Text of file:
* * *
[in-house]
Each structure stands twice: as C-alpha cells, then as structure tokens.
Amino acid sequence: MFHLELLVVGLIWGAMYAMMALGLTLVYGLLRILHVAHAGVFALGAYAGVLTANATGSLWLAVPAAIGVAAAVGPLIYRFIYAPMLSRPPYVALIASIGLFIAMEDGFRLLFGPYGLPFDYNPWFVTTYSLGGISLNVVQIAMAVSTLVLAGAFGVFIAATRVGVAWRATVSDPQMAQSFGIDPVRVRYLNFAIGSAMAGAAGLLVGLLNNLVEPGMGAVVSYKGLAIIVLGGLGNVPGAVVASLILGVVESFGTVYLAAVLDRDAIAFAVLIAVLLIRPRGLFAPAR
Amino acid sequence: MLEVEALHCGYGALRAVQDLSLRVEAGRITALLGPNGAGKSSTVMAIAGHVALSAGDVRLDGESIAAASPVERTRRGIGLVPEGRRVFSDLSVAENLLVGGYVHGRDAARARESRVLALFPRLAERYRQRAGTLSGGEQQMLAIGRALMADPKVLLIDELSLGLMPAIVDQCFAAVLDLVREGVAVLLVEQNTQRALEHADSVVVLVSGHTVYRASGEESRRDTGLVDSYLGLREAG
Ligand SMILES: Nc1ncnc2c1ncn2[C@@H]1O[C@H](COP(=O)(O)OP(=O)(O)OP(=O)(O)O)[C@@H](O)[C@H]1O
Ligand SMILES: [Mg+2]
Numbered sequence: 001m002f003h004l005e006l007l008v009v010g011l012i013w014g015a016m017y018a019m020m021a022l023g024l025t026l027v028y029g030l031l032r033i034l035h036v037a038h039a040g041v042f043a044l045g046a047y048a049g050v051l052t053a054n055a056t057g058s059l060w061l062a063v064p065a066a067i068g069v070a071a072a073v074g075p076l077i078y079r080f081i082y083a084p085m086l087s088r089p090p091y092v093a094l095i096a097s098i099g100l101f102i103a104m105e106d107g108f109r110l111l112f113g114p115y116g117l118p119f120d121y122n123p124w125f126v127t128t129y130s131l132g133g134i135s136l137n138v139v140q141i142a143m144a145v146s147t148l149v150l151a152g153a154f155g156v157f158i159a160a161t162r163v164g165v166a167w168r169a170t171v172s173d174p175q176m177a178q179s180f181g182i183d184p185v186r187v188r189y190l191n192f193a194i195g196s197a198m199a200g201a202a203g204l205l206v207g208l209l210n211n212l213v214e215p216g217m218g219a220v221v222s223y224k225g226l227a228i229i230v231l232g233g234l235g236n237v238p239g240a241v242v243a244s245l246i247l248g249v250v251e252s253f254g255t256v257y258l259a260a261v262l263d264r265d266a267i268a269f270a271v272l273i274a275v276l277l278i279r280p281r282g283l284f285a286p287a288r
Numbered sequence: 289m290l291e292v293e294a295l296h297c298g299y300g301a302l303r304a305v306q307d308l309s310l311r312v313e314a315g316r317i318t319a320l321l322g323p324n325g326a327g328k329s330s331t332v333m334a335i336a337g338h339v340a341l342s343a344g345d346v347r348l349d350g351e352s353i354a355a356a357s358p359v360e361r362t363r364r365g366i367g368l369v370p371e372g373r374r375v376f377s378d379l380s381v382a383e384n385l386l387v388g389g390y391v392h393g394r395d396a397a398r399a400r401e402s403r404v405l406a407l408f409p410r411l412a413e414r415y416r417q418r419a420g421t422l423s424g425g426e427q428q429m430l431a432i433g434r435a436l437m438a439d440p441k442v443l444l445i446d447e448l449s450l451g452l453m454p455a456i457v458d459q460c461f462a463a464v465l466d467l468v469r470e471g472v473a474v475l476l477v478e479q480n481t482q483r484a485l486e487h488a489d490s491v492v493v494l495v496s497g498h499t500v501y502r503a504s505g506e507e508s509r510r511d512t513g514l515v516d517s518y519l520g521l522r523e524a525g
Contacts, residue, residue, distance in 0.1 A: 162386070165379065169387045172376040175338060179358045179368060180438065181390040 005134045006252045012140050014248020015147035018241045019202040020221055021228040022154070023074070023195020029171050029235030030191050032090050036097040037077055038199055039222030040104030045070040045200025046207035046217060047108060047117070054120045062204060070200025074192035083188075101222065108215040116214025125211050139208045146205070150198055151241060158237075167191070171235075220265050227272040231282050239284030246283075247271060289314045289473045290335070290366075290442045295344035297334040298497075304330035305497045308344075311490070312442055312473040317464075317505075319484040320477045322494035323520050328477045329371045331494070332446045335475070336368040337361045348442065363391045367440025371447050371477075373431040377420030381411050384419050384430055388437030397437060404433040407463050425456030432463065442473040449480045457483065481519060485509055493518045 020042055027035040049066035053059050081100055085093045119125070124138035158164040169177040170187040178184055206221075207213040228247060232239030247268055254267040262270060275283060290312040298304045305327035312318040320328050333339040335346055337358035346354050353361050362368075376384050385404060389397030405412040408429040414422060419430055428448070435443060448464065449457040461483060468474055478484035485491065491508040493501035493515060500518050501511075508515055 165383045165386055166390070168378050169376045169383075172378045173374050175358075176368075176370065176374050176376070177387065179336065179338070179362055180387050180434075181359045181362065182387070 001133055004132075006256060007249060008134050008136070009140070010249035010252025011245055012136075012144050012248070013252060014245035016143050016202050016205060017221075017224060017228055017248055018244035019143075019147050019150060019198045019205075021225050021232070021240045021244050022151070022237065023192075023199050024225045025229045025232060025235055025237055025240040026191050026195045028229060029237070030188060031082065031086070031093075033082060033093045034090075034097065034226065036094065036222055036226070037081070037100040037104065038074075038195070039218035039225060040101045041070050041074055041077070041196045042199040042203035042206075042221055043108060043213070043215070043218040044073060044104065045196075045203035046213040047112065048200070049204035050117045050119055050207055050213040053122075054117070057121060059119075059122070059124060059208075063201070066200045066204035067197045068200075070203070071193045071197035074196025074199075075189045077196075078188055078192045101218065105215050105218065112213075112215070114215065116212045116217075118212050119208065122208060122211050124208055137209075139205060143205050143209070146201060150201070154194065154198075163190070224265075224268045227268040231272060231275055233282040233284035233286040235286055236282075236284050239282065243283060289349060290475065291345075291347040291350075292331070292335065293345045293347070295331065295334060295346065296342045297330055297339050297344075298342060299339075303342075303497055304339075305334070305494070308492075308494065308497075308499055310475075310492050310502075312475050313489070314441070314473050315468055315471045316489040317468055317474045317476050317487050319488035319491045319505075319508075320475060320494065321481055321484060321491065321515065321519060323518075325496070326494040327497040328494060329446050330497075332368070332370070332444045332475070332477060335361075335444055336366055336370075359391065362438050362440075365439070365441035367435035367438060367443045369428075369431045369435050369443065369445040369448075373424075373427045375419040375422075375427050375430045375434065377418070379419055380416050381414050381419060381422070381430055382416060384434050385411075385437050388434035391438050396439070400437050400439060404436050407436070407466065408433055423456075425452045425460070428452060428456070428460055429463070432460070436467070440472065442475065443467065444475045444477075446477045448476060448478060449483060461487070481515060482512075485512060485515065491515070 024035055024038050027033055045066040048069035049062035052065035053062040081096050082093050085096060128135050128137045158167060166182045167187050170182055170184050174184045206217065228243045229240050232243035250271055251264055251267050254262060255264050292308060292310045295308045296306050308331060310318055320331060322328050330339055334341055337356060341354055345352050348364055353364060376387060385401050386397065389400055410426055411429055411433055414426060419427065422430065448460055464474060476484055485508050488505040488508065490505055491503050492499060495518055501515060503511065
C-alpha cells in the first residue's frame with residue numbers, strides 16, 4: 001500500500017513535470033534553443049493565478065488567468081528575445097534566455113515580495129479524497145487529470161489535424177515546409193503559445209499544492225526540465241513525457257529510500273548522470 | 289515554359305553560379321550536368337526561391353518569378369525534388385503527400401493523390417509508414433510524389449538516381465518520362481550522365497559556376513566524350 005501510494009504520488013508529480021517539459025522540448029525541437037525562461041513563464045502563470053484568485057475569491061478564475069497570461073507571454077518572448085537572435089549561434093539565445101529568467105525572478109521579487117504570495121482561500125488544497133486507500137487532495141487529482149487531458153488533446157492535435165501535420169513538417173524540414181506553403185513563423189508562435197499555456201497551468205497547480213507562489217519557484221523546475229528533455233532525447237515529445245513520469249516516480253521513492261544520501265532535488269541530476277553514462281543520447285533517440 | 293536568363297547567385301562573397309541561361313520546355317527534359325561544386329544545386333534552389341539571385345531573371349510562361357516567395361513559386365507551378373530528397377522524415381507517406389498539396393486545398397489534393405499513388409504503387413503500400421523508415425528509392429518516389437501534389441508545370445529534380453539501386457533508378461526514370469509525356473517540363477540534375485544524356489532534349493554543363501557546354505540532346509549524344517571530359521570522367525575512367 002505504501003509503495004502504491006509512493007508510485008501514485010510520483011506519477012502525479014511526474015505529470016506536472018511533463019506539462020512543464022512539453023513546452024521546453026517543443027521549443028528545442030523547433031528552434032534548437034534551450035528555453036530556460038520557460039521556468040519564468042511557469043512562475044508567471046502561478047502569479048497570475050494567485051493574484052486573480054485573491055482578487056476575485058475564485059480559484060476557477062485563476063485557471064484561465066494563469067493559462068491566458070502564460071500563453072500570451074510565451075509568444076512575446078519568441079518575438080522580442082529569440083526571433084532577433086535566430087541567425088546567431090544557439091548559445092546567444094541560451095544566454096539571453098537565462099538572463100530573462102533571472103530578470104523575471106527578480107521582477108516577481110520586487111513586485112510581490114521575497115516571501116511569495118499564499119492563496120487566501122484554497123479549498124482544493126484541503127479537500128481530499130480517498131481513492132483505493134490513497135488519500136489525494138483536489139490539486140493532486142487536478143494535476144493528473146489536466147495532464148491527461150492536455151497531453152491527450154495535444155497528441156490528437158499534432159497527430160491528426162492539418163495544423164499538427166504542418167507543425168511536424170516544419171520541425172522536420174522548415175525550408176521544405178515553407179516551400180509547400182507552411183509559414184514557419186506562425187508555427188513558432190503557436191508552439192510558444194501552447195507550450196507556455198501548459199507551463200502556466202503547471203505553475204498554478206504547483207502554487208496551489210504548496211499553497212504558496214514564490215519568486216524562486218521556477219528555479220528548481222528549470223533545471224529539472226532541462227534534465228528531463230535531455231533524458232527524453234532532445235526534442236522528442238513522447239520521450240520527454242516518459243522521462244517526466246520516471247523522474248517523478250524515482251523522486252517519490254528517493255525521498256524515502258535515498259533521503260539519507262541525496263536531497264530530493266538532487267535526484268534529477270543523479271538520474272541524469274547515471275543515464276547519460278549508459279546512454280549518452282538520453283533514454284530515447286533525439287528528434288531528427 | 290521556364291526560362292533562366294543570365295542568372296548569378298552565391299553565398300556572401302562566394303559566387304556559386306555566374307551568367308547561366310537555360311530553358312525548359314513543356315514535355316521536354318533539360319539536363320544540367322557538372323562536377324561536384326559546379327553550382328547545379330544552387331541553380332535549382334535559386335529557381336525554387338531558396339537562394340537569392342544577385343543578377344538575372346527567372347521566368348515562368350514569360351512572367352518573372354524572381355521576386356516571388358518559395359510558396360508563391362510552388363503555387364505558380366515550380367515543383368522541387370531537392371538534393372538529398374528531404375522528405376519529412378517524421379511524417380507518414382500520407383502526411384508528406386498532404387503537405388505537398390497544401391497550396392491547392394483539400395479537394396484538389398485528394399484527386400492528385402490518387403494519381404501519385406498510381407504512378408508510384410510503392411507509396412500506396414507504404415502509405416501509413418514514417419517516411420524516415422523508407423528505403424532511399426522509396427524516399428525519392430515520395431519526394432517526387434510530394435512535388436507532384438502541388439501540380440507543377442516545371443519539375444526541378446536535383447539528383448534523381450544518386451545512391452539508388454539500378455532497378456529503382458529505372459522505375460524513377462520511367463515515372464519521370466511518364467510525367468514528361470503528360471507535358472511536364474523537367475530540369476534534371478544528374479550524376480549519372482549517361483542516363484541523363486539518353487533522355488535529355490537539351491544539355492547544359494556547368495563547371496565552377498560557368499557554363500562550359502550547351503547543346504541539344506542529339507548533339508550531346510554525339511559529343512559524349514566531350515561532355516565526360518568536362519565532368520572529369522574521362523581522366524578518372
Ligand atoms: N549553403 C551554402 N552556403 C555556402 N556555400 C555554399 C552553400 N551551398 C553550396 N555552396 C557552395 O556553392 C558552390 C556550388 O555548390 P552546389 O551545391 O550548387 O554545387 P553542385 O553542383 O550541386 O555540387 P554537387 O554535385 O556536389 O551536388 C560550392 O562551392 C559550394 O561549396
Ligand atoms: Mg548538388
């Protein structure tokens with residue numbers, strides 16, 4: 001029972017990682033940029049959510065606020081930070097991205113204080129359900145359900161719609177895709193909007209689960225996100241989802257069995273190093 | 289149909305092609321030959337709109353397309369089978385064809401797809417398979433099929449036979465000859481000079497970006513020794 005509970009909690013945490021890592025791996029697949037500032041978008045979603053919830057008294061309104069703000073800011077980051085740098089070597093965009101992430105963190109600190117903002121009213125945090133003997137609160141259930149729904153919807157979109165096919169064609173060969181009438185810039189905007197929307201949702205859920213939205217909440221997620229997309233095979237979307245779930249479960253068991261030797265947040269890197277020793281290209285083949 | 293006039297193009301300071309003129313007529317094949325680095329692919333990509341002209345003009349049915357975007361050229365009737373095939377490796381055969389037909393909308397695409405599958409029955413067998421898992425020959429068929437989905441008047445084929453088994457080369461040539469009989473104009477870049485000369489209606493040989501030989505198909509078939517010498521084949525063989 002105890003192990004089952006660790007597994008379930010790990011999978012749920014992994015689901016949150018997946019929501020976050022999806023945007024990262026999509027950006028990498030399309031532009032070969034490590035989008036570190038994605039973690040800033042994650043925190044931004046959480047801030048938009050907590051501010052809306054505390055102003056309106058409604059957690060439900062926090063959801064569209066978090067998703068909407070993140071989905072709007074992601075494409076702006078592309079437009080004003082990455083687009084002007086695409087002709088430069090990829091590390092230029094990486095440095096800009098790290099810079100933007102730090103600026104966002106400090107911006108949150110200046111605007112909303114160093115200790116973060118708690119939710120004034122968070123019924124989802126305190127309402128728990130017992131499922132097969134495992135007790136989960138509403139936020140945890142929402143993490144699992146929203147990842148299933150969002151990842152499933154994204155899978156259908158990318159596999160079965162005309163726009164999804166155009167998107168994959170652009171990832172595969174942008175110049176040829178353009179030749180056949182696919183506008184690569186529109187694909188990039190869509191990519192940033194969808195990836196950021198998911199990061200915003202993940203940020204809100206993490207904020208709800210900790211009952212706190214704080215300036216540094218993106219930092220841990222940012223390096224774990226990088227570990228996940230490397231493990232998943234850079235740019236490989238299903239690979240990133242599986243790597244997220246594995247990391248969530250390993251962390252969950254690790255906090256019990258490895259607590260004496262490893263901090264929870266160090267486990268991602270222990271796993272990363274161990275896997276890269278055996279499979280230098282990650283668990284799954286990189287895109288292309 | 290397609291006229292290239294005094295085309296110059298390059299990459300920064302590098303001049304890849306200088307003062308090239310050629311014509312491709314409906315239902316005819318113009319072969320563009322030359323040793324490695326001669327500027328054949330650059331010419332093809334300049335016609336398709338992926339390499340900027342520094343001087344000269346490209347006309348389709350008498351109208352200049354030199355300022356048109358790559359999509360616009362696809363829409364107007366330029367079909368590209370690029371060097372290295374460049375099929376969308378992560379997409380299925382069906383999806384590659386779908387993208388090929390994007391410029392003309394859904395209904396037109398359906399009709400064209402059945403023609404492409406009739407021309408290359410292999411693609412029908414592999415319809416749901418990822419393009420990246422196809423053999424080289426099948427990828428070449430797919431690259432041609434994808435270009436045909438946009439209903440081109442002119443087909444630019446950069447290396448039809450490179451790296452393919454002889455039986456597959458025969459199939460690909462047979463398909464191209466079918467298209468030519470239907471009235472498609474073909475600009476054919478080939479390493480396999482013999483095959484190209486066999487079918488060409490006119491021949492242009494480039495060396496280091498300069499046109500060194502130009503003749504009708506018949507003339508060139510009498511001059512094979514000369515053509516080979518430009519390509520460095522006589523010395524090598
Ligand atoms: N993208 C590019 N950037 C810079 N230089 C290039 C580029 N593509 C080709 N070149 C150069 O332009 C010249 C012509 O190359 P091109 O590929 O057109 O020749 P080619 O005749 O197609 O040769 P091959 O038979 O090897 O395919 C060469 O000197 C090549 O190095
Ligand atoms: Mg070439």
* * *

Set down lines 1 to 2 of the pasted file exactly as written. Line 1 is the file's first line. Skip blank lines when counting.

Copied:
[in-house]
Each structure stands twice: as C-alpha cells, then as structure tokens.